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Study of the tolerance of infliximab infusions with or without betamethasone premedication in patients with active rheumatoid arthritis
  1. J Sany1,
  2. M J Kaiser1,
  3. C Jorgensen1,
  4. G Trape2
  1. 1Service d’Immuno-Rhumatologie, Hôpital Lapeyronie, 371 avenue du Doyen Gaston Giraud, 34295 Montpellier Cedex 5, France
  2. 2Laboratoire Schering-Plough, 92 rue Baudin, 92307 Levallois Perret, France
  1. Correspondence to:
    Dr J Sany


Objectives: To assess the incidence of infusion reactions in patients with rheumatoid arthritis (RA) receiving infliximab treatment with and without betamethasone premedication. To determine whether patients with an atopic diathesis had a better response to corticosteroid pretreatment than those without, and the course of patients’ functional capacity and quality of life.

Patients and methods: A prospective, multicentre, randomised, double blind phase 4 study of 355 patients with RA in two groups: group A received betamethasone and group B placebo, before a 36 week infusion treatment with infliximab. Incidence and severity of infusion reactions from infliximab treatment were assessed.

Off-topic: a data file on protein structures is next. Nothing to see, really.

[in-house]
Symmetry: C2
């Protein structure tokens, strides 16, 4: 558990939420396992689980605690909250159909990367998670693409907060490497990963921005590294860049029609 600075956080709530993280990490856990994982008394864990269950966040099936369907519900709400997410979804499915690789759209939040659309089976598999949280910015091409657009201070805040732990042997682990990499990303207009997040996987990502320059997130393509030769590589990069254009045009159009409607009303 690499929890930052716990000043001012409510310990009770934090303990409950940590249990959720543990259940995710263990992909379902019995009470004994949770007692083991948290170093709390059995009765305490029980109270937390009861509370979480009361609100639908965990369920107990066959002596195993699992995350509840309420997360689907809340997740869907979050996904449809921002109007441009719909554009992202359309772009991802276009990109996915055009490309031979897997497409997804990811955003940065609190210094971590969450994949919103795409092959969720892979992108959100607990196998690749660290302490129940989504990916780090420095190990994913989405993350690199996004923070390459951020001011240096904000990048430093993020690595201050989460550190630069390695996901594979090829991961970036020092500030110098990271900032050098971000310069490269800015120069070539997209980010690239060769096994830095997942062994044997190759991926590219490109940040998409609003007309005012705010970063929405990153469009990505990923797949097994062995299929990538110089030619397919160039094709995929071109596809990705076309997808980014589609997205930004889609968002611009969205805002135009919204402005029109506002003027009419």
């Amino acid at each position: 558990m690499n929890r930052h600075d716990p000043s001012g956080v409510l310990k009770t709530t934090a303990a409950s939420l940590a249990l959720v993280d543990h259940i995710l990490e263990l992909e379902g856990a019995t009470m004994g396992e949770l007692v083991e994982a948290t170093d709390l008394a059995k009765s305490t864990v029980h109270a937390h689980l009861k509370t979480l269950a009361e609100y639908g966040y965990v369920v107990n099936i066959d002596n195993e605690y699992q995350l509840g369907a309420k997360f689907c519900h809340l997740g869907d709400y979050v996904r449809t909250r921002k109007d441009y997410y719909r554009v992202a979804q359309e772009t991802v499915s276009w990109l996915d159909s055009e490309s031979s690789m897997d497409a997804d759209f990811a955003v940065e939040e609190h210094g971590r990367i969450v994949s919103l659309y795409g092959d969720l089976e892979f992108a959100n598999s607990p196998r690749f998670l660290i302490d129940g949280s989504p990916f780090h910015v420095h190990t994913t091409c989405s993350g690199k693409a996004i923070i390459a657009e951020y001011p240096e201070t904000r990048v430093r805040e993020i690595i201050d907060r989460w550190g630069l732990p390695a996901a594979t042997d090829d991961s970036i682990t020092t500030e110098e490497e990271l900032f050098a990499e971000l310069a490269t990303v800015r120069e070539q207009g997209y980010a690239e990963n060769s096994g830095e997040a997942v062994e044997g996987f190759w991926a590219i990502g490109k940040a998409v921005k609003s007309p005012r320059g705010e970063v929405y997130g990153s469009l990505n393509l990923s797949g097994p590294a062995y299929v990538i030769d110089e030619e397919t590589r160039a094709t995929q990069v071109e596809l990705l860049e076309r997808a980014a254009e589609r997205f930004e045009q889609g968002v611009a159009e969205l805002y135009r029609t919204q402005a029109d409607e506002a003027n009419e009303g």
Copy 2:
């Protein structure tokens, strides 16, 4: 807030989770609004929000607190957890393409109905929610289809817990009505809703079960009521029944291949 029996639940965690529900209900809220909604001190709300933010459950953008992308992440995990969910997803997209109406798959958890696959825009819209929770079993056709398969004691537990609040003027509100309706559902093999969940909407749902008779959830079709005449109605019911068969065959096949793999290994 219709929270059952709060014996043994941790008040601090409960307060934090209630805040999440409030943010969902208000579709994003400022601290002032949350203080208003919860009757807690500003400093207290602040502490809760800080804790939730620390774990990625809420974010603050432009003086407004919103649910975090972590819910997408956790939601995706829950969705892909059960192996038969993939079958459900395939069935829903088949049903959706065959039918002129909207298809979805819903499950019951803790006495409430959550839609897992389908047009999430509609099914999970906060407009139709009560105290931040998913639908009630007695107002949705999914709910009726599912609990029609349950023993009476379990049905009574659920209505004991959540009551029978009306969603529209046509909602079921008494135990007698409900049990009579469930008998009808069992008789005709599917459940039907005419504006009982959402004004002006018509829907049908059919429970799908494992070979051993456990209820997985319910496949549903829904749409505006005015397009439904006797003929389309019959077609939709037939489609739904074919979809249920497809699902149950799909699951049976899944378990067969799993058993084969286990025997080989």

Results: The incidence of reactions to infliximab infusion was <5%. More infusion reactions occurred with betamethasone pretreatment than with placebo. Response to infliximab of patients with atopic backgrounds did not differ in the presence or absence of betamethasone from that of non-atopic patients. Mean Health Assessment Questionnaire score improved by 47% at week 24, quality of life assessed by Short Form-36 improved in mental and physical component subscales.

Conclusions: Incidence of infusion reactions with infliximab was low and their severity generally mild, but betamethasone pretreatment did not decrease the incidence and severity of infusion reactions. Betamethasone, therefore, is not recommended as a systematic prophylactic measure, even in atopic patients.

  • HAQ, Health Assessment Questionnaire
  • RA, rheumatoid arthritis
  • SF-36, Short Form-36
  • corticosteroids
  • infliximab
  • infusions
  • rheumatoid arthritis